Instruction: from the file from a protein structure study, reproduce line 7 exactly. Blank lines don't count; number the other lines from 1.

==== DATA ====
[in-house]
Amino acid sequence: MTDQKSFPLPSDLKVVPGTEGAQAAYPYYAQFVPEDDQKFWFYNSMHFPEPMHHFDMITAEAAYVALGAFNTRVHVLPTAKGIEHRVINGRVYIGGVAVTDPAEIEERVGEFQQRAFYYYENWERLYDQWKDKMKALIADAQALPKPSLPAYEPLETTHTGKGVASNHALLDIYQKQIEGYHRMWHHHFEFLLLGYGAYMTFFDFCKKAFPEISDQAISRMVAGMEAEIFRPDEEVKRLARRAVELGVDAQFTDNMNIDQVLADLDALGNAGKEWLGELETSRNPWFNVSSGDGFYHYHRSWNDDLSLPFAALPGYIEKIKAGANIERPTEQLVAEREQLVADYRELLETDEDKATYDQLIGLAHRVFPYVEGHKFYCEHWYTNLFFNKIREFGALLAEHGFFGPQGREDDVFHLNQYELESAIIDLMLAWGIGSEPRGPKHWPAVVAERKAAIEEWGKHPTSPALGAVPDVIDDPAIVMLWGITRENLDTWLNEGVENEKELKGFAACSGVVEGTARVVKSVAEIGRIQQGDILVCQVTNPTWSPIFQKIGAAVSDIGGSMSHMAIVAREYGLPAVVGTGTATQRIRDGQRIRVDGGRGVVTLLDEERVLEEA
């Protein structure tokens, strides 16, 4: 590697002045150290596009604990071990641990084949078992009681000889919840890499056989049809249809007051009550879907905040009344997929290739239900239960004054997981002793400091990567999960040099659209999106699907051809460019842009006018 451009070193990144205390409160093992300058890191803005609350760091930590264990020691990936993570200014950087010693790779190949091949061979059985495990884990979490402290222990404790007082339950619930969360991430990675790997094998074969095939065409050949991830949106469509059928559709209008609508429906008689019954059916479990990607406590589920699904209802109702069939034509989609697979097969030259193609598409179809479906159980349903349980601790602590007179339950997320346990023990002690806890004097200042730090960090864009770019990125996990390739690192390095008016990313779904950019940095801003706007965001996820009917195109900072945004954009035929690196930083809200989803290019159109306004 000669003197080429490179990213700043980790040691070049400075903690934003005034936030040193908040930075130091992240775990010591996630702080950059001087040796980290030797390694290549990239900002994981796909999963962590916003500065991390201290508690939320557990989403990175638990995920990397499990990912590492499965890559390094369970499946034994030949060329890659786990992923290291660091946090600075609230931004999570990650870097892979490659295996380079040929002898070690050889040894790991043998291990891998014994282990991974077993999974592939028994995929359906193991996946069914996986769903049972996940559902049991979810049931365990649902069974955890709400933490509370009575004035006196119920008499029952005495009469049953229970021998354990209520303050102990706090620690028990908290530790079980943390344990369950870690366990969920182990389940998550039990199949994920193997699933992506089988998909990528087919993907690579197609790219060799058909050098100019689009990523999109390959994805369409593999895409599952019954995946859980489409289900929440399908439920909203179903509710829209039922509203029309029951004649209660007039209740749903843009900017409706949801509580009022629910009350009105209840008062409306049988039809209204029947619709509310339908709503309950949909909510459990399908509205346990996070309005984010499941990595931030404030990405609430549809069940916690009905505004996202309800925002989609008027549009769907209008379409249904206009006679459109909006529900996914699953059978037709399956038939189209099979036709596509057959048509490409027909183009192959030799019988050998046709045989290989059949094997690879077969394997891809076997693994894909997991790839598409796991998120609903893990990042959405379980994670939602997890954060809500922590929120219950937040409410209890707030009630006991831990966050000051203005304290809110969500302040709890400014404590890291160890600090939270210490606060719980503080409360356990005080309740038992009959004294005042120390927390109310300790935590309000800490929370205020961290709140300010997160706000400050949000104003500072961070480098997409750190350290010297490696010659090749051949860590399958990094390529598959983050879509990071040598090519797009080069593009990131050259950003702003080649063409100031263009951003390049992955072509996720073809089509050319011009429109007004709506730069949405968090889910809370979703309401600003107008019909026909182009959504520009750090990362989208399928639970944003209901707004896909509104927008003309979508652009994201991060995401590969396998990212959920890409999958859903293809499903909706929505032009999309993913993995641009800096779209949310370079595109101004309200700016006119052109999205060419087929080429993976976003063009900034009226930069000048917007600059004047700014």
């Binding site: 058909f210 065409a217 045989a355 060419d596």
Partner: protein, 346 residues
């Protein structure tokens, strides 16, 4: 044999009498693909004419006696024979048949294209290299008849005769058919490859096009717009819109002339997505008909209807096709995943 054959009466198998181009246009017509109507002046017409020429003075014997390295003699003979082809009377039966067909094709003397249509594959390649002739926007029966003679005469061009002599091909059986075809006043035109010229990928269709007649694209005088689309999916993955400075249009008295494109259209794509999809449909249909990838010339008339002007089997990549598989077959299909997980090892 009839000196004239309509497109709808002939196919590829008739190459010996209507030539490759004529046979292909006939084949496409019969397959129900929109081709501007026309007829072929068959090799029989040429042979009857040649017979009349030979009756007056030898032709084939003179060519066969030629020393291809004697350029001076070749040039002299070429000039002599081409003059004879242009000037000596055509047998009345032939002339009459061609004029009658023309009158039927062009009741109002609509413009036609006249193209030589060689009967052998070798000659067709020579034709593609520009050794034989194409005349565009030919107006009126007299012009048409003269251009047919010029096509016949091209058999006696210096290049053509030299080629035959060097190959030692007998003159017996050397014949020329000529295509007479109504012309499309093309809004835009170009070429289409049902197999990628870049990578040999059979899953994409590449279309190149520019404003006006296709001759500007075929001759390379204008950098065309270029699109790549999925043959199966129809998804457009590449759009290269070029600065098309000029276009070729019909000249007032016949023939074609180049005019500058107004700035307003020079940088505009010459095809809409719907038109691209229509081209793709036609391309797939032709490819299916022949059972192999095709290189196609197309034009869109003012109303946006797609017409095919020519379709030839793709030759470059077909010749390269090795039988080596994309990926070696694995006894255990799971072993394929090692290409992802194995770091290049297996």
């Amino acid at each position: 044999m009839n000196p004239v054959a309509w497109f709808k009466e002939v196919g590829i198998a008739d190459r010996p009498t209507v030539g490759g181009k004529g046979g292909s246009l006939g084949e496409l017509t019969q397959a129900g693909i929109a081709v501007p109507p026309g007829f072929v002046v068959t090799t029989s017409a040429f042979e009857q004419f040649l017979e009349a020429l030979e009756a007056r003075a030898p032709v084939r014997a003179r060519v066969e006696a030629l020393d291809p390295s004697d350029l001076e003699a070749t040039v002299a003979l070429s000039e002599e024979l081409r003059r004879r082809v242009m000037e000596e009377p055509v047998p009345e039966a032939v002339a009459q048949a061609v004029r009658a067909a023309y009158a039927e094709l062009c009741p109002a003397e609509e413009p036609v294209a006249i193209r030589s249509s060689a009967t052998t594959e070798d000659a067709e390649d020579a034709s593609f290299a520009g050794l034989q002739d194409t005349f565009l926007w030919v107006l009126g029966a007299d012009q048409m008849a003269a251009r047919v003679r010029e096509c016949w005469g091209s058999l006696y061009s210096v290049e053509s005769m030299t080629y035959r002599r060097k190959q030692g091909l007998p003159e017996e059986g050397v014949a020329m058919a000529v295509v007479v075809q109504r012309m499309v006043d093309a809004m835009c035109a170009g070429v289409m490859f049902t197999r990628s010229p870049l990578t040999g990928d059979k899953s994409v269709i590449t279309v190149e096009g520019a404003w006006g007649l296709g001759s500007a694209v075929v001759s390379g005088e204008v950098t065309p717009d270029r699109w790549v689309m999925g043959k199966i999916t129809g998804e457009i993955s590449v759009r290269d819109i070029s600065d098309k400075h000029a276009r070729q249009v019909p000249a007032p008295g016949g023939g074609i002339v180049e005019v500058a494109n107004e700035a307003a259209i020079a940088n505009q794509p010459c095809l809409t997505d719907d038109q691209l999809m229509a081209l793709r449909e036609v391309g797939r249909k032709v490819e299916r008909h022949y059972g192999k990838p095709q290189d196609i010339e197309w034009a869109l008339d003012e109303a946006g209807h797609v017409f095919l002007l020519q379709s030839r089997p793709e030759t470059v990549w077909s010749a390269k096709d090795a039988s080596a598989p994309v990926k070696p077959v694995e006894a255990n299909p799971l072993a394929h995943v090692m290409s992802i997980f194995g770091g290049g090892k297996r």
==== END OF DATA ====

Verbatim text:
């Amino acid at each position: 044999m009839n000196p004239v054959a309509w497109f709808k009466e002939v196919g590829i198998a008739d190459r010996p009498t209507v030539g490759g181009k004529g046979g292909s246009l006939g084949e496409l017509t019969q397959a129900g693909i929109a081709v501007p109507p026309g007829f072929v002046v068959t090799t029989s017409a040429f042979e009857q004419f040649l017979e009349a020429l030979e009756a007056r003075a030898p032709v084939r014997a003179r060519v066969e006696a030629l020393d291809p390295s004697d350029l001076e003699a070749t040039v002299a003979l070429s000039e002599e024979l081409r003059r004879r082809v242009m000037e000596e009377p055509v047998p009345e039966a032939v002339a009459q048949a061609v004029r009658a067909a023309y009158a039927e094709l062009c009741p109002a003397e609509e413009p036609v294209a006249i193209r030589s249509s060689a009967t052998t594959e070798d000659a067709e390649d020579a034709s593609f290299a520009g050794l034989q002739d194409t005349f565009l926007w030919v107006l009126g029966a007299d012009q048409m008849a003269a251009r047919v003679r010029e096509c016949w005469g091209s058999l006696y061009s210096v290049e053509s005769m030299t080629y035959r002599r060097k190959q030692g091909l007998p003159e017996e059986g050397v014949a020329m058919a000529v295509v007479v075809q109504r012309m499309v006043d093309a809004m835009c035109a170009g070429v289409m490859f049902t197999r990628s010229p870049l990578t040999g990928d059979k899953s994409v269709i590449t279309v190149e096009g520019a404003w006006g007649l296709g001759s500007a694209v075929v001759s390379g005088e204008v950098t065309p717009d270029r699109w790549v689309m999925g043959k199966i999916t129809g998804e457009i993955s590449v759009r290269d819109i070029s600065d098309k400075h000029a276009r070729q249009v019909p000249a007032p008295g016949g023939g074609i002339v180049e005019v500058a494109n107004e700035a307003a259209i020079a940088n505009q794509p010459c095809l809409t997505d719907d038109q691209l999809m229509a081209l793709r449909e036609v391309g797939r249909k032709v490819e299916r008909h022949y059972g192999k990838p095709q290189d196609i010339e197309w034009a869109l008339d003012e109303a946006g209807h797609v017409f095919l002007l020519q379709s030839r089997p793709e030759t470059v990549w077909s010749a390269k096709d090795a039988s080596a598989p994309v990926k070696p077959v694995e006894a255990n299909p799971l072993a394929h995943v090692m290409s992802i997980f194995g770091g290049g090892k297996r």